·         Will you have the chance to see some sights while you are there?

Yes!  As a matter of fact, one of the other teachers and I have begun planning to go on a safari during our first break in October.  There are a couple of options we like and are looking into what we can get for the best price.  I’m excited to get to see some animals!

I am also planning on traveling to South Africa over Christmas.  The plan is to meet with Keri, Emily, Maurice, and Paul, who are all serving YASC in the country.  Hopefully everything works out for all of us and we can reconnect in person for the holidays!

·         How many students do you have?

I am currently working with two classes, Standard 4 and Standard 6.  There are a total of 41 kids in the combined classes.  There may be changes in the future, so keep checking in over the next couple of months.  I don’t want to let on too much until I know for sure.

·         Where are you?

I am in Dodoma, Tanzania.  I work at Canon Andrea Mwaka School.  All of this is on the continent of Africa, in the Southern Hemisphere, on planet Earth. (I think)

·         What do I eat?

For breakfast today, I had a mixture of fried potatoes, eggs, and peppers.  It was yummy!  I actually had a PB$J for lunch (I know… exciting) and am having hamburgers with a few friends tonight.  Sounds a bit like home, huh?

Since I make some of my own food, I eat things that are similar to what I would eat at home.  I have made spaghetti, fajitas (complete with homemade tortillas,) and baked a chicken.  Once a week, I have a wonderful lady who comes to help with household things, and she cooks me a meal that I can eat on all week.  She has made me shepherd’s pie, chicken, and beef pastries.  She comes on Tuesdays, which quickly became my favorite day of the week!

I eat my breakfast (which usually consists of a scone) and lunch (soup and/or a main dish) at school.  There is a lady who sells us lunch for a small price.  She makes fantastic mince pies, Cornish pastries, chicken pies, pizza and quiche.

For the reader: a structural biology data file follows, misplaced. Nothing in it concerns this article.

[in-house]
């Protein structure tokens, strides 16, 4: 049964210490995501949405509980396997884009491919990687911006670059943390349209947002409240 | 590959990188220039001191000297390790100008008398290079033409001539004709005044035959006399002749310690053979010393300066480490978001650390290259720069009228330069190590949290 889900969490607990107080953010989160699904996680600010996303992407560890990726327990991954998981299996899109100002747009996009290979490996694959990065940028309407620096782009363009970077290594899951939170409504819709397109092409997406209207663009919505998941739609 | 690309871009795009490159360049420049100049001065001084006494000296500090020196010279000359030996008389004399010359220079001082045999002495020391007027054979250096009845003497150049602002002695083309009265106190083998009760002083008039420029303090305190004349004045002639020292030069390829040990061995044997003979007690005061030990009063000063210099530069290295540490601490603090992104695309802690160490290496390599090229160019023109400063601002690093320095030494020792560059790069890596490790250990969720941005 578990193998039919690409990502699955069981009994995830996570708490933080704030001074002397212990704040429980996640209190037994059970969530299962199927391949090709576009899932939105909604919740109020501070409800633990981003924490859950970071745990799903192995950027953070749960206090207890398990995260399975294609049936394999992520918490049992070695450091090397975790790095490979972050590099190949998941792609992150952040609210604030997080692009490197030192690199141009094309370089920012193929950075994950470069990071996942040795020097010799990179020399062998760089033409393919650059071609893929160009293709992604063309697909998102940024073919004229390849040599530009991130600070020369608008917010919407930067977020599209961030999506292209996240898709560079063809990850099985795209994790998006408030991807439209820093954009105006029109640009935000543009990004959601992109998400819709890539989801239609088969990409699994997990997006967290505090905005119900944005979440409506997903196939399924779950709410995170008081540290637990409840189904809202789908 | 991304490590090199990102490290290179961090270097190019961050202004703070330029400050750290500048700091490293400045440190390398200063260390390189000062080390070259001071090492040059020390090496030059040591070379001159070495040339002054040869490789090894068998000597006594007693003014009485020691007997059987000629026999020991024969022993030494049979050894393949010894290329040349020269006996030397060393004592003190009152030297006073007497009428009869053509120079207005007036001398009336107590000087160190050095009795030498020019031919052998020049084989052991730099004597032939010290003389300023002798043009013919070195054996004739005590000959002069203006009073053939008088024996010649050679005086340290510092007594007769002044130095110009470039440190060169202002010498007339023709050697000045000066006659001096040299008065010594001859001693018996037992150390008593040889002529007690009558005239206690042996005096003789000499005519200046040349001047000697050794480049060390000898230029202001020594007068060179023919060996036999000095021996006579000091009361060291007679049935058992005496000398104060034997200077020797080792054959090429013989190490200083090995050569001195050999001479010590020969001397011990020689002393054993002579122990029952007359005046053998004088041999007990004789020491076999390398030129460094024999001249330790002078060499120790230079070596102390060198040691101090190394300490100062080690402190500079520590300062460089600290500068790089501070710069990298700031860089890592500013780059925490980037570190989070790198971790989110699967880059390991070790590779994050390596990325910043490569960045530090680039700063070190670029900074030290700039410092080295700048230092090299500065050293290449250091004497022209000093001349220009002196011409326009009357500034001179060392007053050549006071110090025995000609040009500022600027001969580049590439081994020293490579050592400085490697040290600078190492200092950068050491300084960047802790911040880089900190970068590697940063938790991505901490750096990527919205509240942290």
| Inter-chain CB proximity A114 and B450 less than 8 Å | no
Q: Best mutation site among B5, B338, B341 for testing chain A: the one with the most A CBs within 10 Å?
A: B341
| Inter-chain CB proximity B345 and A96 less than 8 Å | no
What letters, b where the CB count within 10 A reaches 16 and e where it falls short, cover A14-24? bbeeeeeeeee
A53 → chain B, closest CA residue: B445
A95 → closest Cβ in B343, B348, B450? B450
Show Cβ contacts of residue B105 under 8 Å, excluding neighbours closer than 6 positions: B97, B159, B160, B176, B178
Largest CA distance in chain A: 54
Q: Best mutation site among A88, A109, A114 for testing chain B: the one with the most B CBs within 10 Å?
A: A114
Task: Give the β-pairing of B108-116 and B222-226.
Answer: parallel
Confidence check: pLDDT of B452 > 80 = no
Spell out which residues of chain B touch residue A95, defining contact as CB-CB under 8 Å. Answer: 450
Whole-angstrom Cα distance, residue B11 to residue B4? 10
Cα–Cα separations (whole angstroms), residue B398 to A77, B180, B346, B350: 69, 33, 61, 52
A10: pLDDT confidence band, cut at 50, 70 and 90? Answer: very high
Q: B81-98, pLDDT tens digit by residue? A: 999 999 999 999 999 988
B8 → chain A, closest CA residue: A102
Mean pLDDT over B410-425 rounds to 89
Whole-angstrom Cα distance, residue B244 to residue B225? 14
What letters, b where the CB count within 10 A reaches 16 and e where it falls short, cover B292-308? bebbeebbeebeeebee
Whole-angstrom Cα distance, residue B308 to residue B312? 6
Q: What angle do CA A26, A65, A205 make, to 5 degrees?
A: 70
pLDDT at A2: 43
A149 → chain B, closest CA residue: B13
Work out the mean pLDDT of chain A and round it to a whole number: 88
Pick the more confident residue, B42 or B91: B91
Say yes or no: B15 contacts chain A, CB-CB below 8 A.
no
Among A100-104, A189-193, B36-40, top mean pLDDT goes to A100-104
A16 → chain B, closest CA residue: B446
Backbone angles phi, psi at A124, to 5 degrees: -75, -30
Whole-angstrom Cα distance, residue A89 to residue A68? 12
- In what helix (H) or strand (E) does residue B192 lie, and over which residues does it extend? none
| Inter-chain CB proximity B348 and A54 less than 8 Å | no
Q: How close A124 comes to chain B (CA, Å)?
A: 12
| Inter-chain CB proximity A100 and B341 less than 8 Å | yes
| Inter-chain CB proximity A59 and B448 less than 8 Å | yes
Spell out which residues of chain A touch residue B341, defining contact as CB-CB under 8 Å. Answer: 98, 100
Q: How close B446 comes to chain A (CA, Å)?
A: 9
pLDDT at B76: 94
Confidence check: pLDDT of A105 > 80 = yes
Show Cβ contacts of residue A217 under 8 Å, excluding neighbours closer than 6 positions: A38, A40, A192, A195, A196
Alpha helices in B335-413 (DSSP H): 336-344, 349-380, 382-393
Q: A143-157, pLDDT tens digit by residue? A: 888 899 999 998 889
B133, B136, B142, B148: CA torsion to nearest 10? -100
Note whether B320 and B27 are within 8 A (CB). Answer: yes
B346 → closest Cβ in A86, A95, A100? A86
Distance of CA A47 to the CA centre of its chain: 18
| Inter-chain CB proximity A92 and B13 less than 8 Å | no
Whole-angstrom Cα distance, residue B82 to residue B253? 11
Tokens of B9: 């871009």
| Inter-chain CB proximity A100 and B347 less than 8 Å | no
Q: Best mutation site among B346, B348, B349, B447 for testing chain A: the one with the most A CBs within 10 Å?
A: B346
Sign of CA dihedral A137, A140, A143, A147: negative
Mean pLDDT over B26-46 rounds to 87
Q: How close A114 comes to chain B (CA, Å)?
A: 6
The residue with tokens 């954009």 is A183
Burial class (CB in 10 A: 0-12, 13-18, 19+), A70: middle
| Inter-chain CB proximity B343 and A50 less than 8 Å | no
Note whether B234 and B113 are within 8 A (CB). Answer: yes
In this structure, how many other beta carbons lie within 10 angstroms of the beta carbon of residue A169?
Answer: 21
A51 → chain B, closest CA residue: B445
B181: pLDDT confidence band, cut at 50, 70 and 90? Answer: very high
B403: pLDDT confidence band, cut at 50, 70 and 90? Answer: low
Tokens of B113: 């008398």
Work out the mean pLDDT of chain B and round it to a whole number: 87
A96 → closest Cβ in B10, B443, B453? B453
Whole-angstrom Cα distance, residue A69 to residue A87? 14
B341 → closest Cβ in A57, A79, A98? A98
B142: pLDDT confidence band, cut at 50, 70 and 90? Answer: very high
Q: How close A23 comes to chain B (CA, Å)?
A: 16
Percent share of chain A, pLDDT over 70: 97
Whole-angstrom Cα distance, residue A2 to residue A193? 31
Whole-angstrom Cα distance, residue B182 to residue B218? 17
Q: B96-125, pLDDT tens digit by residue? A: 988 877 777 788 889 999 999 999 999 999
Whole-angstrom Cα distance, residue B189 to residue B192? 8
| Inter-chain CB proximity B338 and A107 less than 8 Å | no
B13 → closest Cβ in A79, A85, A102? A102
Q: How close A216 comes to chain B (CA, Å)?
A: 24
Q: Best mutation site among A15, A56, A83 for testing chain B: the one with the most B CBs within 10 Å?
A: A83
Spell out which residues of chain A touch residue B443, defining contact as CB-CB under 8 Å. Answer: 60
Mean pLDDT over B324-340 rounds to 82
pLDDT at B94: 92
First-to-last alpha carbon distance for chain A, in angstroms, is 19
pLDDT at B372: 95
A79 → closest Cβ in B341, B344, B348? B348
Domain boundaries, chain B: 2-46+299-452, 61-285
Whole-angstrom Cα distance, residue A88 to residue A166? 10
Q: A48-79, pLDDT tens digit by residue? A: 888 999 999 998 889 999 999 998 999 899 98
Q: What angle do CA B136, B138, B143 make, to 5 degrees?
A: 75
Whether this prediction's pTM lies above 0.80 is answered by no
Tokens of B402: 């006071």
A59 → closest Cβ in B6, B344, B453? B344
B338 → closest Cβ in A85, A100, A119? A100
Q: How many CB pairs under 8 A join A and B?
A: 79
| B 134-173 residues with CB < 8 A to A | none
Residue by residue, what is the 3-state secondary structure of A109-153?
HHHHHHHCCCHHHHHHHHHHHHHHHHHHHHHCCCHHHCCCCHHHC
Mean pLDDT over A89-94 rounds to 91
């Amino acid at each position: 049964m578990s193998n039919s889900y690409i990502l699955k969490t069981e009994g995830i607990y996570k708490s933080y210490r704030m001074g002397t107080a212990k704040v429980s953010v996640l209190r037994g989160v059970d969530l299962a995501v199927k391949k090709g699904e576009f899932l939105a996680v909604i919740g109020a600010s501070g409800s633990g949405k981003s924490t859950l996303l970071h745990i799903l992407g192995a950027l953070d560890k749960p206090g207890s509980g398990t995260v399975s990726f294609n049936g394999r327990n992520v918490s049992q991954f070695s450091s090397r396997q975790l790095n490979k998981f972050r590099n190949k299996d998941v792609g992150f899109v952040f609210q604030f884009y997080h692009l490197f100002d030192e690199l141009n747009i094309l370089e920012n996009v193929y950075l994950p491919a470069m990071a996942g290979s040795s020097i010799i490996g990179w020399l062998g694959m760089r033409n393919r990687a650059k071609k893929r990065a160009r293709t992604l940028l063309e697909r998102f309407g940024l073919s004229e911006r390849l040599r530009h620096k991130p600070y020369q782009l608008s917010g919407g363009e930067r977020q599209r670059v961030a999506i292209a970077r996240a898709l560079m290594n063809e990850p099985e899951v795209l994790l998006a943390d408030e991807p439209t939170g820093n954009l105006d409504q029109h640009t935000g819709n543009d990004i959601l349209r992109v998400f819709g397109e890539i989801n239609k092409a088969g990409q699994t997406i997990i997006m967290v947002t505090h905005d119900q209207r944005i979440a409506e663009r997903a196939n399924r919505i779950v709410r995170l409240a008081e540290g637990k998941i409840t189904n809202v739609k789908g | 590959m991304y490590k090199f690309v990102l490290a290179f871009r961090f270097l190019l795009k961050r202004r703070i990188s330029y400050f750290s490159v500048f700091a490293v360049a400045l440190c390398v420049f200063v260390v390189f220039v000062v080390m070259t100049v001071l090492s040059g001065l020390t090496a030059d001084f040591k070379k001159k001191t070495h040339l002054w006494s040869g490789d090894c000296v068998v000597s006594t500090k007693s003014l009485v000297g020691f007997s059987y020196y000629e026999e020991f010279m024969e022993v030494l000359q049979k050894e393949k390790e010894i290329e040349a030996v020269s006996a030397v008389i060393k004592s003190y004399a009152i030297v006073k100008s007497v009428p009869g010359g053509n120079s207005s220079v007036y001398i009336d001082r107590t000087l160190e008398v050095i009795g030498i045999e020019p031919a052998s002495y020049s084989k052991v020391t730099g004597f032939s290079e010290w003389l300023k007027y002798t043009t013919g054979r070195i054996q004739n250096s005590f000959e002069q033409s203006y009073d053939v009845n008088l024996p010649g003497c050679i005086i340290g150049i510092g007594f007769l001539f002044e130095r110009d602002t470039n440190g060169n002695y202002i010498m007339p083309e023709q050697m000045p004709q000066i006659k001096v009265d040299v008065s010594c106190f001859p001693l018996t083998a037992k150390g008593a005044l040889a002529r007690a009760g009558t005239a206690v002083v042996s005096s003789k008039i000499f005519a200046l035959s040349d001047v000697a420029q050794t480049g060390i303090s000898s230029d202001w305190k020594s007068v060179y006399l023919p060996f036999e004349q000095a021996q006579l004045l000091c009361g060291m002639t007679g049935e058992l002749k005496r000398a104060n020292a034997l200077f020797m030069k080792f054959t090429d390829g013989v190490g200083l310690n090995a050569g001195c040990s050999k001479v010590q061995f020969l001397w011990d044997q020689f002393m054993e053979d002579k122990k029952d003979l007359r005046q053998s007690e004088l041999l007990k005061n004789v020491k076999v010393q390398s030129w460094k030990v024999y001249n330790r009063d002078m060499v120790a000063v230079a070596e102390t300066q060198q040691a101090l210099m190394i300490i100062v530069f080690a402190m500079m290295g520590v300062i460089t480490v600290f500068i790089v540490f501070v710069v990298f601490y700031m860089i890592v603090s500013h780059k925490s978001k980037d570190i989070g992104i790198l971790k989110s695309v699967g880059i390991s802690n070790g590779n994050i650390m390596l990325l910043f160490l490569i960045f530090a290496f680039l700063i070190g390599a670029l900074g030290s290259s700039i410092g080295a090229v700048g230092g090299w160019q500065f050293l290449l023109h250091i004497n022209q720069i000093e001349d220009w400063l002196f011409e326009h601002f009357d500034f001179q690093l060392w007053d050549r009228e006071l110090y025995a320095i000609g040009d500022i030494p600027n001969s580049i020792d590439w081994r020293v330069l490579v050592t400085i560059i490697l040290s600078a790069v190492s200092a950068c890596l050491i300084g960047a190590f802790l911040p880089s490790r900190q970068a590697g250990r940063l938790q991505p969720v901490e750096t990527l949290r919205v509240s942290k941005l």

When we’ve eaten out, I’ve had beef roasted over a bbq pit, chicken grilled whole, samosas, chips (what we would call French fries,) egg chop (basically a hard-boiled egg covered in meat and fried,) and real Italian pizza cooked in a wood-fire oven.  Now I’m getting hungry!

·         Do I feel welcomed?

Absolutely!  The community here has been amazing.  Even those who are not a part of the CAMS community have been welcoming.  One older lady at church has made a point to come up to shake my hand every Sunday, even though we go to a different service.  Strangers on the road often offer a “hujambo” or a “habari” as we pass.  Both are ways of saying “hello.”  Shop keepers often offer a “karibu” as we pass, thought that is more likely “please come shop here.”
·         How bad are the mosquitoes?

I have several bites on my legs, but it’s winter now so they aren’t as bad as they could be.  I sleep at night under a mosquito net and everyone carries around bug spray.  Right now, there are probably only about 5 mosquitoes in my house (that aren’t hiding) but more will show up as the sun goes down.  I can’t be out at night without protecting myself or I will be eaten alive!
Here are some picture.  Not all are new, but they should be ones that you haven't seen here!

Dinner I made one night.  YUMMY!!


The cats wanted to join me for dinner on Fajita night!

NOTHING is wasted here.  One of the teachers showed me how to make a coin purse out of an old Milk box.  This may be my new favorite thing to make!